COVID and Compassion: 'Our Brains Aren’t Apathetic, They’re Lazy'

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COVID and Compassion: 'Our Brains Aren’t Apathetic, They’re Lazy'
Experts say human brain's limited capacity for numbers, enormity of pandemic can cause less empathy.
SHOW TRANSCRIPT

How important is compassion in the fight against COVID-19?

Compassion is the motivator for behavior. This is what drives us.

We spoke with a compassion researcher and expert Paul Slovic, a professor of psychology at the University of Oregon, and also president of a small research institute called Decision Research, which studies decision making.

And he says, when it comes to math, our own minds deceive us. Slovic has found humans react most strongly to seeing just one person in distress. Not only that, as the number of people impacted goes up, the brain responds with less empathy and action. 

He calls it the flawed arithmetic of compassion. 

"OK, so what's the problem here? The problem is that we trust our feelings as a guide to how important something is. Our feelings can't count," Slovic said. 

Slovic says we can only hold so many numbers in short-term memory before we have to write them down. So when cases trend downward, we can’t identify them beyond up or down. This brain math doesn’t just pertain to pandemics.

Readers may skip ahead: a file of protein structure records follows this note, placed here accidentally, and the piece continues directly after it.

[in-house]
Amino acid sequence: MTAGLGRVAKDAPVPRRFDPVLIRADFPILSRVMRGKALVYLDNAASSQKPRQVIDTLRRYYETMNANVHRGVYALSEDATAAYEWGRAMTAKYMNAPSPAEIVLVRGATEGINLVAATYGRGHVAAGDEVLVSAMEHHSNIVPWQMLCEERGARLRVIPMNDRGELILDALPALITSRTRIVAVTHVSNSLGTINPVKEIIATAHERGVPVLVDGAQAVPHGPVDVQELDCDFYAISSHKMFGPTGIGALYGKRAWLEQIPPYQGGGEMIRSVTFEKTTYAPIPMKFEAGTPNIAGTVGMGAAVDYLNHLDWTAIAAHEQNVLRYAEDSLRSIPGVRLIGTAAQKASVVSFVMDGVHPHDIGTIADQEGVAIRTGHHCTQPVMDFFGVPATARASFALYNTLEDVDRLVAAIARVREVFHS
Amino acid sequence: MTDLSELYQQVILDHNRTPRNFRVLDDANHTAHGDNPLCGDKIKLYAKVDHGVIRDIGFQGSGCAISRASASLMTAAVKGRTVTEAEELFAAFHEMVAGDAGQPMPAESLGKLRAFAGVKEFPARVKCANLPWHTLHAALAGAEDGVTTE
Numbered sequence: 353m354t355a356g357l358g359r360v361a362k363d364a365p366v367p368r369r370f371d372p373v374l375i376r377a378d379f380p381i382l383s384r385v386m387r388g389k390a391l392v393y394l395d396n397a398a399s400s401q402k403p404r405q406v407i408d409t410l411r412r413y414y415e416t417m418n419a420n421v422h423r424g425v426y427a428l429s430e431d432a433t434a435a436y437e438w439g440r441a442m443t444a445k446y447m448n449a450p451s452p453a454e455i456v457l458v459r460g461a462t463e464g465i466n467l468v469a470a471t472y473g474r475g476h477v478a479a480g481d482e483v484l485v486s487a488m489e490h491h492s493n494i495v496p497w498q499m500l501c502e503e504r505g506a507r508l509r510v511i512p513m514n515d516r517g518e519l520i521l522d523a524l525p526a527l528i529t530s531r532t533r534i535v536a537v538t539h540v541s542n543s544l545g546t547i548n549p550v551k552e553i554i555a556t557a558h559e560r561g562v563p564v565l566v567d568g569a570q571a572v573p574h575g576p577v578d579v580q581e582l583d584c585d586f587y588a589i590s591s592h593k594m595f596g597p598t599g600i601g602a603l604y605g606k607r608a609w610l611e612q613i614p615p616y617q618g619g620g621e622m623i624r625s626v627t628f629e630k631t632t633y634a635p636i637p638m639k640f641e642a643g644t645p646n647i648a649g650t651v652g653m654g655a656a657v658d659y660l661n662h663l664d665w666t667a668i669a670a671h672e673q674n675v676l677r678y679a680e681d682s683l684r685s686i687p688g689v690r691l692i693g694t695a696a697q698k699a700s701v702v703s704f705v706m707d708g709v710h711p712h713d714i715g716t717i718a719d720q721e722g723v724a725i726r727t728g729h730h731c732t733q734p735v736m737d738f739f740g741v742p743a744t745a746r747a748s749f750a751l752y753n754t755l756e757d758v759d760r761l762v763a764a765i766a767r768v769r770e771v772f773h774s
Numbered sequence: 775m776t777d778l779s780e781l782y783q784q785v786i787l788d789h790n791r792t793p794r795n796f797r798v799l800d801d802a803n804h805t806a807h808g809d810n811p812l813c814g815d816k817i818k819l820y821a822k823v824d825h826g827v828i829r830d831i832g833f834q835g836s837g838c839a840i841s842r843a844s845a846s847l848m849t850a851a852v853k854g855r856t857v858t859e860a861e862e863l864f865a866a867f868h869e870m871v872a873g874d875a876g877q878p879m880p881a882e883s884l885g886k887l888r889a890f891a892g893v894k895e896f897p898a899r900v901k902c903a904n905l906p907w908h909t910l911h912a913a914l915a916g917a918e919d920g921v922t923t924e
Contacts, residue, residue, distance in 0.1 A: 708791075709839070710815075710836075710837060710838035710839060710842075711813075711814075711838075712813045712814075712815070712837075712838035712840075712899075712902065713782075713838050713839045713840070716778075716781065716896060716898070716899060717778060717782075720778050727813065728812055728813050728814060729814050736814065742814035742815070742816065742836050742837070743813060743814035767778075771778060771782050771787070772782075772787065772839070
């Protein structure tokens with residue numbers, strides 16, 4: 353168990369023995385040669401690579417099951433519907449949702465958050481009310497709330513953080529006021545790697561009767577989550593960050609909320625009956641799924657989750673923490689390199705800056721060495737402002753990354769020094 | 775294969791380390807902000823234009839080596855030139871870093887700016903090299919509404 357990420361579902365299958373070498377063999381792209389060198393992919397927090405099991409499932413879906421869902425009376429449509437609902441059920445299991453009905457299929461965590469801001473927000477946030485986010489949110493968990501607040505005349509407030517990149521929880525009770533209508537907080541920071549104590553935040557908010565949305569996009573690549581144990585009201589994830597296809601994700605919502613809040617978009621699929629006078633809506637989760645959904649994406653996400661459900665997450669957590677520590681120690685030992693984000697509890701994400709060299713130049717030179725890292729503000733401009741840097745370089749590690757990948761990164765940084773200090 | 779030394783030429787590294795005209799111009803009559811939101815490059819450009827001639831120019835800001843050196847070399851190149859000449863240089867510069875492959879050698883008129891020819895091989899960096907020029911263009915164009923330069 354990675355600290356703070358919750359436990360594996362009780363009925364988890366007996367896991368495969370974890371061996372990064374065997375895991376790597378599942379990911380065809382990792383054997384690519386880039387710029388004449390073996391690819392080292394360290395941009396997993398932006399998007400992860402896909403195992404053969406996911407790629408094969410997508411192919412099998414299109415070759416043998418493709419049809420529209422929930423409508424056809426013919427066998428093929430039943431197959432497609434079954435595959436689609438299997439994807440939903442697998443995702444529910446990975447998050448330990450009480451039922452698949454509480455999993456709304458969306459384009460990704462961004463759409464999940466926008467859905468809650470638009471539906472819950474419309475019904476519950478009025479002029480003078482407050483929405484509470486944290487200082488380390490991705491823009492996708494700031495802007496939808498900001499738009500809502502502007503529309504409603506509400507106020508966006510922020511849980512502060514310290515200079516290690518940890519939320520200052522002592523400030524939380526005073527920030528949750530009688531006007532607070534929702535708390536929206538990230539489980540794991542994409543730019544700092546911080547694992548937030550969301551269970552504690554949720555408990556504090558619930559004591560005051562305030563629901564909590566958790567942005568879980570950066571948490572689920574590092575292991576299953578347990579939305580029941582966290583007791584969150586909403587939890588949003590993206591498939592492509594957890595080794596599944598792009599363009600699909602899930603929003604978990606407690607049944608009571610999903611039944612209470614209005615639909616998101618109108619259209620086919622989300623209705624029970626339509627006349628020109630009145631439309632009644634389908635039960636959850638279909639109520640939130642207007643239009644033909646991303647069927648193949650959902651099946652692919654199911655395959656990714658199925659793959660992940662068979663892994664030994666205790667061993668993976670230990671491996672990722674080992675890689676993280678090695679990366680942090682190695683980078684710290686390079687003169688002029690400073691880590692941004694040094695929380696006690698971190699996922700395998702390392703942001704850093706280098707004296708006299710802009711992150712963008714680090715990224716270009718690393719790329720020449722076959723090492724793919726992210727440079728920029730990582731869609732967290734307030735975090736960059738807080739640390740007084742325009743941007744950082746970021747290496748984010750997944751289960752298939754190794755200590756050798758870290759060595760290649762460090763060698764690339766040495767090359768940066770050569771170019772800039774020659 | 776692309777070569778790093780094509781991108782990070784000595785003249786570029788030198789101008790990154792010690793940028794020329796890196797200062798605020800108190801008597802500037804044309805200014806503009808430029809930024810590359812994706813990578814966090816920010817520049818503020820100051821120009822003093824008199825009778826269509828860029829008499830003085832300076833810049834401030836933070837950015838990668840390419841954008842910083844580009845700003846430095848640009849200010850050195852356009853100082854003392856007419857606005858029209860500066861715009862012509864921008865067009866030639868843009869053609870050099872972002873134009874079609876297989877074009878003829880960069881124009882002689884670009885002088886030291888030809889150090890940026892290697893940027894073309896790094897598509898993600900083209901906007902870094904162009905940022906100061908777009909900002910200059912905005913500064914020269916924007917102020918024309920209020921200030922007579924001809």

For example, studies show short-lived immediate outpourings years into Syria's civil war crisis in 2015 after a photo of a drowned 3-year-old refugee went viral. Donations to a Red Cross campaign for Syrian refugees were 55 times greater the week the picture published. In the weeks following, it dramatically dropped off.

"The human brain is lazy. And if we think we can do the job the easier way with our gut feelings, we go that way," he said. 

There are some ways experts say you can “hack your brain” to work out that compassion muscle more. For COVID-19, it could be focusing on one person or case story, trusting health experts, or taking up meditation or mindfulness.

"Mindfulness practice. People hear this word. It sounds kind of nebulous, but it's really quite simple. And it's just a means of slowing down thoughts from going all over the place to something singular, like just following our breathing," said Dr. Eric French, medical director of adult psychiatry for HCA Healthcare.